31. Improve the efficiency of the POSIX API to PCRE. If the number of capturing
slots is less than POSIX_MALLOC_THRESHOLD, use a block on the stack to pass to
pcre_exec(). This saves a malloc/free per call. The default value of
POSIX_MALLOC_THRESHOLD is 10; it can be changed by --with-posix-malloc-threshold
when configuring.

32. The default maximum size of a compiled pattern is 64K. There have been a
few cases of people hitting this limit. The code now uses macros to handle the
storing of links as offsets within the compiled pattern. It defaults to 2-byte
links, but this can be changed to 3 or 4 bytes by --with-link-size when
configuring. Tests 2 and 5 work only with 2-byte links because they output
debugging information about compiled patterns.

33. Internal code re-arrangements:

(a) Moved the debugging function for printing out a compiled regex into
    its own source file (printint.c) and used #include to pull it into
    pcretest.c and, when DEBUG is defined, into pcre.c, instead of having two
    separate copies.

(b) Defined the list of op-code names for debugging as a macro in
    internal.h so that it is next to the definition of the opcodes.

(c) Defined a table of op-code lengths for simpler skipping along compiled
    code. This is again a macro in internal.h so that it is next to the
    definition of the opcodes.

34. Added support for recursive calls to individual subpatterns, along the
lines of Robin Houston's patch (but implemented somewhat differently).

35. Further mods to the Makefile to help Win32. Also, added code to pcregrep to
allow it to read and process whole directories in Win32. This code was
contributed by Lionel Fourquaux; it has not been tested by me.

36. Added support for named subpatterns. The Python syntax (?P<name>...) is
used to name a group. Names consist of alphanumerics and underscores, and must
be unique. Back references use the syntax (?P=name) and recursive calls use
(?P>name) which is a PCRE extension to the Python extension. Groups still have
numbers. The function pcre_fullinfo() can be used after compilation to extract
a name/number map. There are three relevant calls:

  PCRE_INFO_NAMEENTRYSIZE        yields the size of each entry in the map
  PCRE_INFO_NAMECOUNT            yields the number of entries
  PCRE_INFO_NAMETABLE            yields a pointer to the map.

The map is a vector of fixed-size entries. The size of each entry depends on
the length of the longest name used. The first two bytes of each entry are the
group number, most significant byte first. There follows the corresponding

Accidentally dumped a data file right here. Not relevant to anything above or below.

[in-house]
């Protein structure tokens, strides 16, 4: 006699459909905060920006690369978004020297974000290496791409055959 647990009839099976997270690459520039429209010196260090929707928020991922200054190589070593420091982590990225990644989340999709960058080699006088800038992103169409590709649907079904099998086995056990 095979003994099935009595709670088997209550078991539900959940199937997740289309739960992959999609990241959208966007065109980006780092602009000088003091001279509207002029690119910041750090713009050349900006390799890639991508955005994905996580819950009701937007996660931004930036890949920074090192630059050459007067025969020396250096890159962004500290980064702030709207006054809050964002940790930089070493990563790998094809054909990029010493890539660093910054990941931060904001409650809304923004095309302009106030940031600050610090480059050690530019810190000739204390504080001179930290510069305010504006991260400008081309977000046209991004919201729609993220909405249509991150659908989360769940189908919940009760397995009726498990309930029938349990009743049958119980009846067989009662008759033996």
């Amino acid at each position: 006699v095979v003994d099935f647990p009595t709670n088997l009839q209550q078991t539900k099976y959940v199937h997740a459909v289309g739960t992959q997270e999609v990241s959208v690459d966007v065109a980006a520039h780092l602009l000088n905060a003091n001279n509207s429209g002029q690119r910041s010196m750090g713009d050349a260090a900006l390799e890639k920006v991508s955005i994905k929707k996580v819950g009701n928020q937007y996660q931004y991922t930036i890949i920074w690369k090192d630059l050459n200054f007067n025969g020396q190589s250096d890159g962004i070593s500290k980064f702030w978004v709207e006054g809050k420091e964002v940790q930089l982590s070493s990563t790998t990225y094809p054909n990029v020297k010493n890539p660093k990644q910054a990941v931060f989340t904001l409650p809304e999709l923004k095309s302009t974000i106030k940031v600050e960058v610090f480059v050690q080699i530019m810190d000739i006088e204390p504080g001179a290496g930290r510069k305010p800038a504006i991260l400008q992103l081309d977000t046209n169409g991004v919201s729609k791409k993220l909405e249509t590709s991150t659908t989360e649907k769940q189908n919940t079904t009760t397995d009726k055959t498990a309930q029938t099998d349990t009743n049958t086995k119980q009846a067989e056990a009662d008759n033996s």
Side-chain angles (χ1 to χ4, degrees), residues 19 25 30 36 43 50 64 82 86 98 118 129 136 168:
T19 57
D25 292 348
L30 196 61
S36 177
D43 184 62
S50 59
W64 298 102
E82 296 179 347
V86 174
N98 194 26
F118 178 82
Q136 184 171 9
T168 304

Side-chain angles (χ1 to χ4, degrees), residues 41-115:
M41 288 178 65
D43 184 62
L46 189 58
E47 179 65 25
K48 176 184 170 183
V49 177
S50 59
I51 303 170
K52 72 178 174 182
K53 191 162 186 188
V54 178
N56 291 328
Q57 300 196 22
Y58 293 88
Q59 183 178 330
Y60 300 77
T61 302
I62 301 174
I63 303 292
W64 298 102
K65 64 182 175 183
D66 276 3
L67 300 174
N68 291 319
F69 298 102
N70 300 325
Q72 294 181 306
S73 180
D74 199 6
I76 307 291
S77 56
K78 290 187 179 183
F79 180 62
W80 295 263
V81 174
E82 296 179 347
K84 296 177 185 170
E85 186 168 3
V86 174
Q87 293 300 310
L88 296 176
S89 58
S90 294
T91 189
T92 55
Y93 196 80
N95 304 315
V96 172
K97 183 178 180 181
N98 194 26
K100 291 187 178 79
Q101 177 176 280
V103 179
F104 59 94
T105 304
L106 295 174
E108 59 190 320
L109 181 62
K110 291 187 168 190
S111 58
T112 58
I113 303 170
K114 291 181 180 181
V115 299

name, zero terminated. The names are in alphabetical order.

37. Make the maximum literal string in the compiled code 250 for the non-UTF-8
case instead of 255. Making it the same both with and without UTF-8 support
means that the same test output works with both.

38. There was a case of malloc(0) in the POSIX testing code in pcretest. Avoid
calling malloc() with a zero argument.

39. Change 25 above had to resort to a heavy-handed test for the .* anchoring
optimization. I've improved things by keeping a bitmap of backreferences with
numbers 1-31 so that if .* occurs inside capturing brackets that are not in
fact referenced, the optimization can be applied. It is unlikely that a
relevant occurrence of .* (i.e. one which might indicate anchoring or forcing
the match to follow \n) will appear inside brackets with a number greater than
31, but if it does, any back reference > 31 suppresses the optimization.

40. Added a new compile-time option PCRE_NO_AUTO_CAPTURE. This has the effect
of disabling numbered capturing parentheses. Any opening parenthesis that is
not followed by ? behaves as if it were followed by ?: but named parentheses
can still be used for capturing (and they will acquire numbers in the usual

41. Redesigned the return codes from the match() function into yes/no/error so
that errors can be passed back from deep inside the nested calls. A malloc
failure while inside a recursive subpattern call now causes the
PCRE_ERROR_NOMEMORY return instead of quietly going wrong.

42. It is now possible to set a limit on the number of times the match()
function is called in a call to pcre_exec(). This facility makes it possible to
limit the amount of recursion and backtracking, though not in a directly
obvious way, because the match() function is used in a number of different
circumstances. The count starts from zero for each position in the subject